Before the barbarian horde lay a country fertile and yielding as the valley of the Nile in the palmiest days of Egypt, smiling and buoyant with prosperity. Nature, art and wealth had contributed with lavish hands to improve it, and the ideas of luxury, utility and beauty were blended in tasteful harmony and profusion. A rich promise of plenty, too, was in its growing fields. But the Yankee destroyer, like the hosts of Attila, passed over it—more terrible, blighting and consuming than swarms of locusts or the simoon of Sahara. Columns of smoke by day, and glaring flames by night, before us, and stretching far down the valley, warned us of the fearful desolation. All that fire would burn, that the rifle could slay, that theft could appropriate, that disappointed malice and wanton mischief could destroy, were swept with the besom of ruin. Fences and hedges did not escape fire. The herds of stock which could not be destroyed were turned upon the remnant of growing crops which could not be trampled in the dust by the marching thousands. No habitation for man or beast escaped the flames, save now and then an isolated plantation, from which the savages were driven by our little force before they could accomplish their full purposes. For near fifty miles in unbroken stretch, a wide, black, smoking waste was spread before us. The affrighted families, driven ruthlessly from their dwellings before the devouring flames, fled to the h ills and forests for safety; and no signs of human life remained, save now and then a decrepit old negro groping among the ruins. But the climax of horrors was achieved by this army of demons, in subjecting delicate and refined ladies, (who were taken by surprise in their dwellings,) to the insults and brutality of negro soldiery and those other degraded wretches—lower still in the scale of being incredible and monstrous as it sounds, it was too fearfully true. On the first day's march we came up with their rear, just in time to rescue a lady upon whose person the scoundrels were attempting violence. Alas, the blood of villains can not atone for such brutality! But they left not the spot unstained with their blood. Said a beautiful and modest woman, whom I met overwhelmed with distress: "Oh, sir, their insults and abuses of us women were too horrible for us to mention."
But the valley of Cane River was passed. The battles above and at Clouterville had been fought by our Brigade. . .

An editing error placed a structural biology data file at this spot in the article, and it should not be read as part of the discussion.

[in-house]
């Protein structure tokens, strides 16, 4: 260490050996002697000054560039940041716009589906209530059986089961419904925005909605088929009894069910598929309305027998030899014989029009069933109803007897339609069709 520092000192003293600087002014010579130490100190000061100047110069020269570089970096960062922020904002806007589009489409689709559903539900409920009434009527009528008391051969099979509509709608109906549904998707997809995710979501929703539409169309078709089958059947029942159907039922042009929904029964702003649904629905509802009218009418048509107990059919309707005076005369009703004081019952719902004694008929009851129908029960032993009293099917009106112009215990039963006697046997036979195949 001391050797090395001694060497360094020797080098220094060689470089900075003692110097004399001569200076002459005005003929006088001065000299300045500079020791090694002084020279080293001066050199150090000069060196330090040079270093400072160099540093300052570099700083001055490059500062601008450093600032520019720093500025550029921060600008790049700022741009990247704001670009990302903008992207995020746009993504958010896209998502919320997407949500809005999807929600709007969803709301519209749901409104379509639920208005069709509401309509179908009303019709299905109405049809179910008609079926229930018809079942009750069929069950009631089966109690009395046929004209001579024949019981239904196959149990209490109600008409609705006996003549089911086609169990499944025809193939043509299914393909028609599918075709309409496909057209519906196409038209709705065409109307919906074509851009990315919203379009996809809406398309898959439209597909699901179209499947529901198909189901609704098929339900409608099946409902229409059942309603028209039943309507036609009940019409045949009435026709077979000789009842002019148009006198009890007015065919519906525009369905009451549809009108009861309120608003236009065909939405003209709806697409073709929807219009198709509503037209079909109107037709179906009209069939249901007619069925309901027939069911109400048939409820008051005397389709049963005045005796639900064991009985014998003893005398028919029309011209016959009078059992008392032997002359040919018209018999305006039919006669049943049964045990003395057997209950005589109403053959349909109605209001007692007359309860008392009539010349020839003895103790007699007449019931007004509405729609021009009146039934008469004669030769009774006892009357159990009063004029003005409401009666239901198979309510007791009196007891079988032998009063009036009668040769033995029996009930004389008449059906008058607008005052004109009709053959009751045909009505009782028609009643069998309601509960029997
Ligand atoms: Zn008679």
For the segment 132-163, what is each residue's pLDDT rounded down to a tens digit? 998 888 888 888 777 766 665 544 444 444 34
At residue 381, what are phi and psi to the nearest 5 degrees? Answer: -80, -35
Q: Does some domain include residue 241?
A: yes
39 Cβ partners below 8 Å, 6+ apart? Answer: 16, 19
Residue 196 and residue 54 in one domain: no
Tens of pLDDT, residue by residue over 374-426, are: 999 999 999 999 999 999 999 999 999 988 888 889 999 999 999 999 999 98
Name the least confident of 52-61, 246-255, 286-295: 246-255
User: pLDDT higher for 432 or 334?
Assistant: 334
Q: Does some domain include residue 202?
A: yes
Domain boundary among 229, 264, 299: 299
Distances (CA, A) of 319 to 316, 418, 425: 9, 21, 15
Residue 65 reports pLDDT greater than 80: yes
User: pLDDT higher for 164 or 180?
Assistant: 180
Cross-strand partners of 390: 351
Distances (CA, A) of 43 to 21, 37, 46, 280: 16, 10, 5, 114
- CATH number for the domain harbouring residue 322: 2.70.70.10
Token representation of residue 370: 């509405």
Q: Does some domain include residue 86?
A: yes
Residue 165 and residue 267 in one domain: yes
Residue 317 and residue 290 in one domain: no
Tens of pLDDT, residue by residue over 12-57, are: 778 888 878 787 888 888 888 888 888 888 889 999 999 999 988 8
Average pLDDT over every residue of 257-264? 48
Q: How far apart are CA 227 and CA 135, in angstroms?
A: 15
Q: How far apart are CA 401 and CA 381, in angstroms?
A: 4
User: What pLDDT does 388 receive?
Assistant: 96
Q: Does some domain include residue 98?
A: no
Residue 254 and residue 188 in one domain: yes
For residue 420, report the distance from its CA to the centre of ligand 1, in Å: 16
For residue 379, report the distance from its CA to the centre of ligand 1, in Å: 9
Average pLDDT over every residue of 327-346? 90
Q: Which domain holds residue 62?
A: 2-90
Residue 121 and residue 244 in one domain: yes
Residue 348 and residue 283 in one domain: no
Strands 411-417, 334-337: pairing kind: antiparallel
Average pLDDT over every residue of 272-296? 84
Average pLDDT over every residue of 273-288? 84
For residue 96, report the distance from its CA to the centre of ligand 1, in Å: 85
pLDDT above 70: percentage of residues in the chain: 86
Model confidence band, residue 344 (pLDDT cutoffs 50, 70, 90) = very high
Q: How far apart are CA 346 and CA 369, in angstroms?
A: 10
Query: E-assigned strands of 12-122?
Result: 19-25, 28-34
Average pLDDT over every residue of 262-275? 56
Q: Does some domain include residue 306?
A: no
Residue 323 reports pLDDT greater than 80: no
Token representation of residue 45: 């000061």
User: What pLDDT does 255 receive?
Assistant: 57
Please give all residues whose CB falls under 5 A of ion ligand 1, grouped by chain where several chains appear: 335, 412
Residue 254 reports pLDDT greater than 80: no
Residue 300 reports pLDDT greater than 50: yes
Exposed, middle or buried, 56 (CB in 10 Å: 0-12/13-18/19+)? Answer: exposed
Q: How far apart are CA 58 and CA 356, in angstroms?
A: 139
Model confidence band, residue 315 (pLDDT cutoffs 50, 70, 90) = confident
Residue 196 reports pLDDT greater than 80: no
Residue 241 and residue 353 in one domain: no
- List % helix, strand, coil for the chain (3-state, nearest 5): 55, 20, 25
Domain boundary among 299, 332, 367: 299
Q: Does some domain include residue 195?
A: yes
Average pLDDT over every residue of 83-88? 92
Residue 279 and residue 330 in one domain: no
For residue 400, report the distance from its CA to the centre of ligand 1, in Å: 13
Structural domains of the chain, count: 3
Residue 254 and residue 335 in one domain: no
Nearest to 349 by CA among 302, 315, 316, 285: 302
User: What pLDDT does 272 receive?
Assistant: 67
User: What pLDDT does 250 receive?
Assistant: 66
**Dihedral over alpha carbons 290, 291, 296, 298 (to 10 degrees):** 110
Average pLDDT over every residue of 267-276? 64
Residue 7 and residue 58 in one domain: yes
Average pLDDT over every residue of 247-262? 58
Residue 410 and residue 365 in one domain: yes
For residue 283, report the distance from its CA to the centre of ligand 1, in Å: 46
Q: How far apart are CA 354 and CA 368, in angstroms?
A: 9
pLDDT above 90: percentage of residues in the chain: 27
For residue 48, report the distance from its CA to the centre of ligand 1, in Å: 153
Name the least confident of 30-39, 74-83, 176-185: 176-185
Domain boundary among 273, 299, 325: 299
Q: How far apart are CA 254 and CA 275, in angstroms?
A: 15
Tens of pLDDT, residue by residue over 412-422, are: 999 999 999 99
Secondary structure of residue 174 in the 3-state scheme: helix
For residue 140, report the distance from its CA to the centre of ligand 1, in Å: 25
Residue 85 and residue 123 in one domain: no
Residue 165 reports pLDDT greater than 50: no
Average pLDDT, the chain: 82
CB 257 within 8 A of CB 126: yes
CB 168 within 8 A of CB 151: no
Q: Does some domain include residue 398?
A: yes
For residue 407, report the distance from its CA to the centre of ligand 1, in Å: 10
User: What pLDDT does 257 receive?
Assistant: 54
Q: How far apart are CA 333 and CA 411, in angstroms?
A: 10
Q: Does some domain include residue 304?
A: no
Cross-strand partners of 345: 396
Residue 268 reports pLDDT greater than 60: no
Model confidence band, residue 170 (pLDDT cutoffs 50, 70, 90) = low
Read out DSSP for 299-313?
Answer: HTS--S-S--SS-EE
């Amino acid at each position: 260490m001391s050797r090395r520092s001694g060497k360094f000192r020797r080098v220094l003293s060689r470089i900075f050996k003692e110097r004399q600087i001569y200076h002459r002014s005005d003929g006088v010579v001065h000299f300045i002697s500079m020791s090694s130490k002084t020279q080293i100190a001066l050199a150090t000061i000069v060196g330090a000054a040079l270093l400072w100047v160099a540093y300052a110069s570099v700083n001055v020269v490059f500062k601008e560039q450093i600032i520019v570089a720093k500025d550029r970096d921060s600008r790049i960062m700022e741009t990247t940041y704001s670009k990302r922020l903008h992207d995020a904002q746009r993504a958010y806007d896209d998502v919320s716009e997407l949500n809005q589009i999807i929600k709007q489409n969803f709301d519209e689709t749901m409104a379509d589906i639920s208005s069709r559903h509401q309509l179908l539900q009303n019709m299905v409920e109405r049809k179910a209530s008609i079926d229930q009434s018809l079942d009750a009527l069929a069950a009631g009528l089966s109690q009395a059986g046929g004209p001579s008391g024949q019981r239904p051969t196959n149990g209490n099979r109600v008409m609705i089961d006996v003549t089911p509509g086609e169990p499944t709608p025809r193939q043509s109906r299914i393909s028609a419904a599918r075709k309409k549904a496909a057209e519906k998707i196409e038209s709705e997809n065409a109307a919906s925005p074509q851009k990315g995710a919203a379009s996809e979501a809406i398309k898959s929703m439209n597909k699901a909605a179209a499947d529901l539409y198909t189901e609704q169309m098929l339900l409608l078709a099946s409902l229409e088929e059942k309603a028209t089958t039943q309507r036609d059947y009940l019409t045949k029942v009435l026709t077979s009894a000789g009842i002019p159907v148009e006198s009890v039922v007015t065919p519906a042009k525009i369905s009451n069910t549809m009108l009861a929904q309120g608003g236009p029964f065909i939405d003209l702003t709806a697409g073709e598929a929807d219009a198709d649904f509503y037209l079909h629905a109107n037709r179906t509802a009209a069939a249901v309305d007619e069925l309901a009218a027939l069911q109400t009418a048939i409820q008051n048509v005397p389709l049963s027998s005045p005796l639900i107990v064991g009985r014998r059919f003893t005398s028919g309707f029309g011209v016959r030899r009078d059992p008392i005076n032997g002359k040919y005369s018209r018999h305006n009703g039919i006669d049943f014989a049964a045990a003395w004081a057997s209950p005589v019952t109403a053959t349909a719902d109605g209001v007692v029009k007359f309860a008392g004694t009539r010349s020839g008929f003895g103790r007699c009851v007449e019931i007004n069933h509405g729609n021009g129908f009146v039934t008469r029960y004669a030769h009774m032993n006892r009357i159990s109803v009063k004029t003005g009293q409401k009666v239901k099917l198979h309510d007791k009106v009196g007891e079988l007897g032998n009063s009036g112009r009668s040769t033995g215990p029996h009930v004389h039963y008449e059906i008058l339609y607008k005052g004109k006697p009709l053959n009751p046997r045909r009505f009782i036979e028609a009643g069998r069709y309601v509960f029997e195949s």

His father march by land was over the plantations of Bayou Rapides. There in beauty, fertility, and improvement, rivaled those before described, and continued in unbroken succession to Alexandria, a distance of twenty odd miles. But the hand of the marauder swept over them, ornate as they were with every attraction, and their loveliness perished as the tender plant before the fiery breath of the desert. His savage appetite for plunder and ruin was insatiate. A wilderness of black desolation still followed upon his footsteps; and the cry of distress from women and children went up from burning villas. Their implorations for mercy and protection were met only by the sardonic grin of the ruffian or the cruel taunt of the savage. But now the tale of ruin ebbed. Our little Brigade, though wearied with a pursuit and contention against heavy odds for over sixty miles, with renewed resolutions dashed beyond the sea of desolation upon the heartless foe. Terror stricken, he forgets his work of rapine and was driven for miles before our hot pursuit. But now, taking courage from multiplied numbers, he rallied and turned upon us. . . .The enemy was leaving Alexandria. We next close upon his track. But he had already laid the city in ashes. We were greeted joyfully by the houseless family groups we met among the ruins, and some, who had saved food from the fire offered and pressed upon us refreshments. The day did not close till we had charged the foe, and without loss to ourselves, consigned a number of them to the sod. But my pen lacks time to follow them farther. My purpose was to picture the "wilderness of woe" into which the barbarian of the North has converted this lately blooming Eden. . . . G. R. F.